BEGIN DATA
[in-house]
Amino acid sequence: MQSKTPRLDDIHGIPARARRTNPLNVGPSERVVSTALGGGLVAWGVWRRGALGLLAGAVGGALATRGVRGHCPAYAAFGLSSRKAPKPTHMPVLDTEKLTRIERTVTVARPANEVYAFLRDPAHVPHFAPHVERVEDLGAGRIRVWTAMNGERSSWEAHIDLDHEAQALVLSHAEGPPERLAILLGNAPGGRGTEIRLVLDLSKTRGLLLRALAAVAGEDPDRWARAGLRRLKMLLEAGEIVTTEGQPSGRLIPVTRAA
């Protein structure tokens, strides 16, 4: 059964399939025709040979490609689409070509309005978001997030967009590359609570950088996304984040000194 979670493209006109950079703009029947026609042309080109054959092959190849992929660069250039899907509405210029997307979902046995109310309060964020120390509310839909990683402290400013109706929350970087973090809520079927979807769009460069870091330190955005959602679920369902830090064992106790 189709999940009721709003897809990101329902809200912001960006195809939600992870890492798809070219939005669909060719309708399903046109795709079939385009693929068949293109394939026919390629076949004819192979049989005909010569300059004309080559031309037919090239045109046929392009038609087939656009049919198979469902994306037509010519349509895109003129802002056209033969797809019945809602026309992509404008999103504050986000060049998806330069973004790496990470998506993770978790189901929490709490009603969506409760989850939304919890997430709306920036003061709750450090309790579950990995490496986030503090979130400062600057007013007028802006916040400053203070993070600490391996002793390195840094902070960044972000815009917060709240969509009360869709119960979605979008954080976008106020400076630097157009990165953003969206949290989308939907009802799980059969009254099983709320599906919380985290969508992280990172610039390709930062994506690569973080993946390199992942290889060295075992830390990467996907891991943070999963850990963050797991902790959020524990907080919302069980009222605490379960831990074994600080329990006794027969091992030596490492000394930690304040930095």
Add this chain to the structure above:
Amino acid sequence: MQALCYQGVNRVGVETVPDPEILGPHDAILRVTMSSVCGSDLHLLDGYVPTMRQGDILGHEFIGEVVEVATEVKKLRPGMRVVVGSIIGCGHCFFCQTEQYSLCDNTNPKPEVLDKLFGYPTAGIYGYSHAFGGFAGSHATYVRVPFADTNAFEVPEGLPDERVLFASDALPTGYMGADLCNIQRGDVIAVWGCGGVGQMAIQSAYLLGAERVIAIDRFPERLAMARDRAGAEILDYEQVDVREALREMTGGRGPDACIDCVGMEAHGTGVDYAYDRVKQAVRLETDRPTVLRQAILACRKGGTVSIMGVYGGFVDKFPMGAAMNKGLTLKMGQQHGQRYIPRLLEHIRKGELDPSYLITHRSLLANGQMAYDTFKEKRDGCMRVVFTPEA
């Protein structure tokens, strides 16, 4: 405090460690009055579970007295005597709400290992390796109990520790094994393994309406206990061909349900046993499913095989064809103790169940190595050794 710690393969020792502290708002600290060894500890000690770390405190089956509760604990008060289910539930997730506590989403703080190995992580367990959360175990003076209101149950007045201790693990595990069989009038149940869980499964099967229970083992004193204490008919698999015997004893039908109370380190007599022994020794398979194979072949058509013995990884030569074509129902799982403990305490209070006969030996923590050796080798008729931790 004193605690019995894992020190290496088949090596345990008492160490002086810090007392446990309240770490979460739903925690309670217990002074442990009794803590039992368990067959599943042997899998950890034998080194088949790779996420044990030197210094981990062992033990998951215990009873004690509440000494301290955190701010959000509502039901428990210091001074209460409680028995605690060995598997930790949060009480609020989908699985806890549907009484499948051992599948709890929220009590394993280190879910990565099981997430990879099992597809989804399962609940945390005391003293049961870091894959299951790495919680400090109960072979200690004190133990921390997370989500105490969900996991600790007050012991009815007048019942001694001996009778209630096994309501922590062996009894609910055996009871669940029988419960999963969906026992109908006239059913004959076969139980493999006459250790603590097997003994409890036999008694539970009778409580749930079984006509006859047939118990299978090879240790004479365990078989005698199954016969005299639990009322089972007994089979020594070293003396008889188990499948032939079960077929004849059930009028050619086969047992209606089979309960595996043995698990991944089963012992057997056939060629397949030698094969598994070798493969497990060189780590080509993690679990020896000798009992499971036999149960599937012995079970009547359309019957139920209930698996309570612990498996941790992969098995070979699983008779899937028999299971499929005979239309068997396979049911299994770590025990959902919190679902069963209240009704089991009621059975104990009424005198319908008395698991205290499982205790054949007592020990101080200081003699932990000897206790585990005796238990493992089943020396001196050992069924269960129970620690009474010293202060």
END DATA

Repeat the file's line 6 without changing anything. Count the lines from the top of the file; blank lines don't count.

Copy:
């Protein structure tokens, strides 16, 4: 405090460690009055579970007295005597709400290992390796109990520790094994393994309406206990061909349900046993499913095989064809103790169940190595050794 710690393969020792502290708002600290060894500890000690770390405190089956509760604990008060289910539930997730506590989403703080190995992580367990959360175990003076209101149950007045201790693990595990069989009038149940869980499964099967229970083992004193204490008919698999015997004893039908109370380190007599022994020794398979194979072949058509013995990884030569074509129902799982403990305490209070006969030996923590050796080798008729931790 004193605690019995894992020190290496088949090596345990008492160490002086810090007392446990309240770490979460739903925690309670217990002074442990009794803590039992368990067959599943042997899998950890034998080194088949790779996420044990030197210094981990062992033990998951215990009873004690509440000494301290955190701010959000509502039901428990210091001074209460409680028995605690060995598997930790949060009480609020989908699985806890549907009484499948051992599948709890929220009590394993280190879910990565099981997430990879099992597809989804399962609940945390005391003293049961870091894959299951790495919680400090109960072979200690004190133990921390997370989500105490969900996991600790007050012991009815007048019942001694001996009778209630096994309501922590062996009894609910055996009871669940029988419960999963969906026992109908006239059913004959076969139980493999006459250790603590097997003994409890036999008694539970009778409580749930079984006509006859047939118990299978090879240790004479365990078989005698199954016969005299639990009322089972007994089979020594070293003396008889188990499948032939079960077929004849059930009028050619086969047992209606089979309960595996043995698990991944089963012992057997056939060629397949030698094969598994070798493969497990060189780590080509993690679990020896000798009992499971036999149960599937012995079970009547359309019957139920209930698996309570612990498996941790992969098995070979699983008779899937028999299971499929005979239309068997396979049911299994770590025990959902919190679902069963209240009704089991009621059975104990009424005198319908008395698991205290499982205790054949007592020990101080200081003699932990000897206790585990005796238990493992089943020396001196050992069924269960129970620690009474010293202060």